Investigations

Woodley & McGillivary is investigating certain areas of the law of which clients have made them aware that employees' rights are being violated on a frequent basis in certain industries.

FAILURE OF MUNICIPAL, COUNTY, AND STATE GOVERNMENTS TO CALCULATE OVERTIME PAY

Employers are required under the law to pay workers for their overtime in the next paycheck for which they are paid for their regular work time as long as it is reasonably practical. For budget or other reasons, we are discovering that some employees are holding employee's overtime pay for 30 or more days. The reason for the timely payment of overtime rule is that if overtime is paid late, the workers cannot readily determine if it was paid correctly. Moreover, the delay unfairly and unjustifiably benefits the employer. The remedy for this is liquidated damages equal to the amount of the overtime that was paid late. Inexplicably, many local governments underpay workers by failing to correctly calculate the rate at which overtime is paid. They omit from the calculation of overtime pay types of payments that must be included to increase the overtime rate. They omit payments such as night shift differential pay, longevity pay, incentive bonuses, hazard pay, sick leave buybacks, and the like. This appears to be done by many, many local government and results in workers being underpaid. For example, see this Washington Post article highlighting these claims for thousands of workers we are investigating.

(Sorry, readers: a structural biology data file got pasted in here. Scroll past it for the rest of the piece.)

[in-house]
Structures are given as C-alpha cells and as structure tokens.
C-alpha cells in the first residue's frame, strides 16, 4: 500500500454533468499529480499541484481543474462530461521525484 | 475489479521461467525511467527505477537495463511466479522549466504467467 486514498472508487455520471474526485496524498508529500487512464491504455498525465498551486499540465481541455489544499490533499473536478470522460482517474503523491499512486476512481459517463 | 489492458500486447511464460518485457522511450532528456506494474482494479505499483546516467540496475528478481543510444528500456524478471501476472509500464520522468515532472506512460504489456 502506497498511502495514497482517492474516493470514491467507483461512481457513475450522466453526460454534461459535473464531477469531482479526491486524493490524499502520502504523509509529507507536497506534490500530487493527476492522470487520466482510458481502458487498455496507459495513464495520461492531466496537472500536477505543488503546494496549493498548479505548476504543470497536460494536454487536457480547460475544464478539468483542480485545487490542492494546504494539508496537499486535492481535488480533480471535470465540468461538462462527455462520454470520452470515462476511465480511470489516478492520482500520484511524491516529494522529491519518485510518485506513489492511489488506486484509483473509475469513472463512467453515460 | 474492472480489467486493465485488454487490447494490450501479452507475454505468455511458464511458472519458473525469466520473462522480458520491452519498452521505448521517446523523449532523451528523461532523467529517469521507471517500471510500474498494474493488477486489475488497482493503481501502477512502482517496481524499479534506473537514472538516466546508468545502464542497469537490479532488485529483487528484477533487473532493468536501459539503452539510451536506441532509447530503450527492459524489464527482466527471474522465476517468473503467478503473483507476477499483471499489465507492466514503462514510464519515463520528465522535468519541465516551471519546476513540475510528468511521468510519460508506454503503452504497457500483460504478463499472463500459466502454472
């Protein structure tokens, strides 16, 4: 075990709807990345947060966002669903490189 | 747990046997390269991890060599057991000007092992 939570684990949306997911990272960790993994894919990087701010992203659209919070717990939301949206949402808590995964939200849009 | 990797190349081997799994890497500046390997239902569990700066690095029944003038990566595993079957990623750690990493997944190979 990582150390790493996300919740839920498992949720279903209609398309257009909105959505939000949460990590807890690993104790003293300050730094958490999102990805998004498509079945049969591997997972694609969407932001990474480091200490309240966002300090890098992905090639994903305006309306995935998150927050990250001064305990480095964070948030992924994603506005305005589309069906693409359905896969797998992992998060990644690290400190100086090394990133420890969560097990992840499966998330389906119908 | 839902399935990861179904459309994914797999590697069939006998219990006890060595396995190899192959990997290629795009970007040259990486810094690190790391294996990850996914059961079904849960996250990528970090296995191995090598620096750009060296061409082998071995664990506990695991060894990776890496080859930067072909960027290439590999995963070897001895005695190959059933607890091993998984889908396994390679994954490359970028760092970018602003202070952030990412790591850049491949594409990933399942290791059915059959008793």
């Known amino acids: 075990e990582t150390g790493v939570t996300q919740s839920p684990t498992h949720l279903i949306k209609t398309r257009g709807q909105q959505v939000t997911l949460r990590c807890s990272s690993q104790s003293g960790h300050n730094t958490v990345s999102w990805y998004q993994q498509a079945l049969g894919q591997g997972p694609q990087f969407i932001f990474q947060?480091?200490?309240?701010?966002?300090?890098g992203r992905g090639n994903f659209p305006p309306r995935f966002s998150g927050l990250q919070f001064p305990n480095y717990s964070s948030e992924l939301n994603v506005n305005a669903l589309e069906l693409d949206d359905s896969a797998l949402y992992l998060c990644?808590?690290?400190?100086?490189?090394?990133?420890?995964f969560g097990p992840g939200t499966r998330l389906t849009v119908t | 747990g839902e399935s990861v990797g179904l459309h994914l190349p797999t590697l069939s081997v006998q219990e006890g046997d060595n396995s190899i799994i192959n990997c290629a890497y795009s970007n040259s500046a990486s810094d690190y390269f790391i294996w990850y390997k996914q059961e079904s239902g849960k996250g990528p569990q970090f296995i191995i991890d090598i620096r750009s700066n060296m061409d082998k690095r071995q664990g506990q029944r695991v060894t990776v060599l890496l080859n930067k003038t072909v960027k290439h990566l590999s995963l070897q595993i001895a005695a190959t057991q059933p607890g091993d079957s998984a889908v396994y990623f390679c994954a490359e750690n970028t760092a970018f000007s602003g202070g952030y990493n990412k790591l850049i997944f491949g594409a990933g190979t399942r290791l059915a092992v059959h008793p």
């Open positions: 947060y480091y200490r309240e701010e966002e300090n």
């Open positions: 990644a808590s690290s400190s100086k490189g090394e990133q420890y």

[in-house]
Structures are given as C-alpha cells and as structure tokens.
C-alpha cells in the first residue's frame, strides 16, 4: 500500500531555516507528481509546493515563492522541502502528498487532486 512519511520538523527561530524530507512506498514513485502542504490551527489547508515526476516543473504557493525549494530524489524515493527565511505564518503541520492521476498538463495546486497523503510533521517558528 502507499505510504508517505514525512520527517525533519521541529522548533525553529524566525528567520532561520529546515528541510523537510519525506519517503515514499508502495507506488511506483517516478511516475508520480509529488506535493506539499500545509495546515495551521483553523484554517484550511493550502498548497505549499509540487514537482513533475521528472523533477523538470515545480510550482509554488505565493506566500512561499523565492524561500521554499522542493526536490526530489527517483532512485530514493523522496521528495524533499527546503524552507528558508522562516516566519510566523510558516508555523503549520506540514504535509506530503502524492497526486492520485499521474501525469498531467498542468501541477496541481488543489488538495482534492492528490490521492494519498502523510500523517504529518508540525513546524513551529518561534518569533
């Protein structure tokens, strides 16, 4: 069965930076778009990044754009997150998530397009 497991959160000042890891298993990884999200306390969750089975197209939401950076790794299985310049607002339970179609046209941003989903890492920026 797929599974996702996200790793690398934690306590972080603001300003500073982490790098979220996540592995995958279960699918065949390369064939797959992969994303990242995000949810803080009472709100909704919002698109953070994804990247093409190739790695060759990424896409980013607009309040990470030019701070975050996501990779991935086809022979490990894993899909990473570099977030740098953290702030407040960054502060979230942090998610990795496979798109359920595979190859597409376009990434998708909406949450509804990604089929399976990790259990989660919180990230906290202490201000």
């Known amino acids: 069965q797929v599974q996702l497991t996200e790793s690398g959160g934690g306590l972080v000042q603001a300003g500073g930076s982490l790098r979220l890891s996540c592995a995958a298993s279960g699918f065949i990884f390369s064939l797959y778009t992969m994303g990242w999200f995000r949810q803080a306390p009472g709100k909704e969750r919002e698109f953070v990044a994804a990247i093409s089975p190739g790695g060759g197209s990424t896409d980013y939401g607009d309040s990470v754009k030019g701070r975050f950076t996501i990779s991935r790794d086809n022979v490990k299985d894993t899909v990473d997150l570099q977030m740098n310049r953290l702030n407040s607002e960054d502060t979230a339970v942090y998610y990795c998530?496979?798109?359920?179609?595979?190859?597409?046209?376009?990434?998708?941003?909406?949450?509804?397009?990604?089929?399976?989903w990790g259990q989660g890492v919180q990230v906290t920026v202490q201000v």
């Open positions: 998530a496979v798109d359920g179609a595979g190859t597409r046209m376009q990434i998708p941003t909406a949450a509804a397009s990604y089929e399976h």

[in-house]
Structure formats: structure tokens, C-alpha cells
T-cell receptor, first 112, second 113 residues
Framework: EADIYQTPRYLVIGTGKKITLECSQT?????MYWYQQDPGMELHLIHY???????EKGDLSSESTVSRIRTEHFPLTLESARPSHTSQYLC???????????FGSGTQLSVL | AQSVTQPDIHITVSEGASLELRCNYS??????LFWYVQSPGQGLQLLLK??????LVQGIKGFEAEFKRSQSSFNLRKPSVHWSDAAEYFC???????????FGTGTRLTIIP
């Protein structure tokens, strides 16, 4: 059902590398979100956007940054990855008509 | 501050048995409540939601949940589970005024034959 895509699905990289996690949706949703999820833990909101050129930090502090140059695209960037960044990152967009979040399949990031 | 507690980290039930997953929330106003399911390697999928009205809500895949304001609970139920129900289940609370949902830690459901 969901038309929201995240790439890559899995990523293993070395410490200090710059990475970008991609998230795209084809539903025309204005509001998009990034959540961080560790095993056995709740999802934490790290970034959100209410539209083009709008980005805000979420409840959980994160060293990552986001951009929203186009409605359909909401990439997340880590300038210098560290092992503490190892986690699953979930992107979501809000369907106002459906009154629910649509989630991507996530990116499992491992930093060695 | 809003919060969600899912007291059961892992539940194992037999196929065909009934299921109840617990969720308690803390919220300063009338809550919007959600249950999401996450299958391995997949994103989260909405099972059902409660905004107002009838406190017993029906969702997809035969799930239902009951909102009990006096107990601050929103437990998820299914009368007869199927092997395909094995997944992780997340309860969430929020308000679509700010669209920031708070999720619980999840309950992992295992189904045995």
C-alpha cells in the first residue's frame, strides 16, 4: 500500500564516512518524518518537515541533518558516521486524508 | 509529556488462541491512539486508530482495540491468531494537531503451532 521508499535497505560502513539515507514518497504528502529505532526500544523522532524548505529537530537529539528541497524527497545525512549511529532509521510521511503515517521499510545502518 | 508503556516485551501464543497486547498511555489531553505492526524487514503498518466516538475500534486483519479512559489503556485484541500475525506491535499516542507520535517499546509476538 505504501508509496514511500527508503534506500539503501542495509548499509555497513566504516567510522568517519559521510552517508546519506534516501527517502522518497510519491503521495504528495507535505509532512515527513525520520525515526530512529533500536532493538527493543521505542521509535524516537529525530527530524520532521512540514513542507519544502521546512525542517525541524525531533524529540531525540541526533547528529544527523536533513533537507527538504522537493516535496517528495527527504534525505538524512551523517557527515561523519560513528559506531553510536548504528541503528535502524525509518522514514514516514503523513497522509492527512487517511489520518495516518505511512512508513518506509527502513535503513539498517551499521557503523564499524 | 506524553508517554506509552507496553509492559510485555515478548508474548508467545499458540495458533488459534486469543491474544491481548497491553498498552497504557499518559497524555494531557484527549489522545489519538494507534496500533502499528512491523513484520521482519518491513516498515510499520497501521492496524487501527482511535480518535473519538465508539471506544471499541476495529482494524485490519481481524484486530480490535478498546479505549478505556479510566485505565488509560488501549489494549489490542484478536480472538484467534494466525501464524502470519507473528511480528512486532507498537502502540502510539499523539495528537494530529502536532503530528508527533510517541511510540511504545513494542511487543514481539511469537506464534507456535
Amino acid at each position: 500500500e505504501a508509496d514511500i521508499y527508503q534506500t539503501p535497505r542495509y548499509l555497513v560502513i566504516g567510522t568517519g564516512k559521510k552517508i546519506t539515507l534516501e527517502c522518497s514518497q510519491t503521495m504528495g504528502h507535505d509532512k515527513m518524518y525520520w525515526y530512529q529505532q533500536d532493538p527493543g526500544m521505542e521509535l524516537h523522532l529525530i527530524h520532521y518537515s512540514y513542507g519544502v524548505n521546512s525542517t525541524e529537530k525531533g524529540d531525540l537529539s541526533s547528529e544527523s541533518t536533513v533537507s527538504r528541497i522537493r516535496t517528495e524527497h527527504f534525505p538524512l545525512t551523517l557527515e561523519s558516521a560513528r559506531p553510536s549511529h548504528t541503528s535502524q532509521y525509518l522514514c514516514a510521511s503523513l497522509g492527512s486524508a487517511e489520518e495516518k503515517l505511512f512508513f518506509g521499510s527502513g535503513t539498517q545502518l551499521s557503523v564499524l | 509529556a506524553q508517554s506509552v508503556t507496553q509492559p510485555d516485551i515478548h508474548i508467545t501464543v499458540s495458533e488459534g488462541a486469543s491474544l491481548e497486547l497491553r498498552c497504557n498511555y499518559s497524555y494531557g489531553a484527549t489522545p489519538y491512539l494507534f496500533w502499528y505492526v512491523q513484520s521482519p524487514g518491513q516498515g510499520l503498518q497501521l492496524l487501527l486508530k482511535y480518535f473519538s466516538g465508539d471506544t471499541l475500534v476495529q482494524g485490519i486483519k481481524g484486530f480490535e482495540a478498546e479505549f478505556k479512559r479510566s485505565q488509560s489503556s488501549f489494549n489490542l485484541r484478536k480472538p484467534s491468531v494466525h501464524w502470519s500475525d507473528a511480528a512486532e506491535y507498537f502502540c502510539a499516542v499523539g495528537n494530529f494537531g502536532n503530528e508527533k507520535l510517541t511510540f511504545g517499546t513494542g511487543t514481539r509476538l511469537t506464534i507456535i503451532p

LATE PAYMENT OF OVERTIME 

Employers are required under the law to pay workers for their overtime in the next paycheck for which they are paid for their regular work time as long as it is reasonably practical. For budget or other reasons, we are discovering that some employees are holding employee's overtime pay for 30 or more days. The reason for the timely payment of overtime rule is that if overtime is paid late, the workers cannot readily determine if it was paid correctly. Moreover, the delay unfairly and unjustifiably benefits the employer. The remedy for this is liquidated damages equal to the amount of the overtime that was paid late. 

 

SALARIED WORKERS OVERTIME IN PENNSYLVANIA

Courts recently interpreted the Pennsylvania overtime law as requiring that salaried workers be paid overtime at one and one-half times the rate calculated as their salary divided by 40 hours. Many employers had previously calculated their overtime by using an all-hours worked divisor and only paying additional half-time. Many salaried workers are entitled to overtime because their job duties do not qualify them for any of the overtime exemptions.

 

FAILURE TO PAY OVERTIME FOR WORK ACTIVITIES IN OFFICE SETTINGS DURING MEAL PERIOD 

Many office workers are entitled to overtime compensation under federal and/or state law. These workers will often be suffered or permitted to work during all or a portion of their unpaid meal periods. The law does not permit workers to volunteer to work overtime; if the employer allows an employee to work, it must pay him or her for it. If an employee works through a portion of his unpaid meal period, he or she is entitled to be paid for it.  For example, if an employee has a 60-minute unpaid meal period and he or she works for 30 minutes of the meal period, the employee is entitled under the law to be paid for 30 minutes of additional work.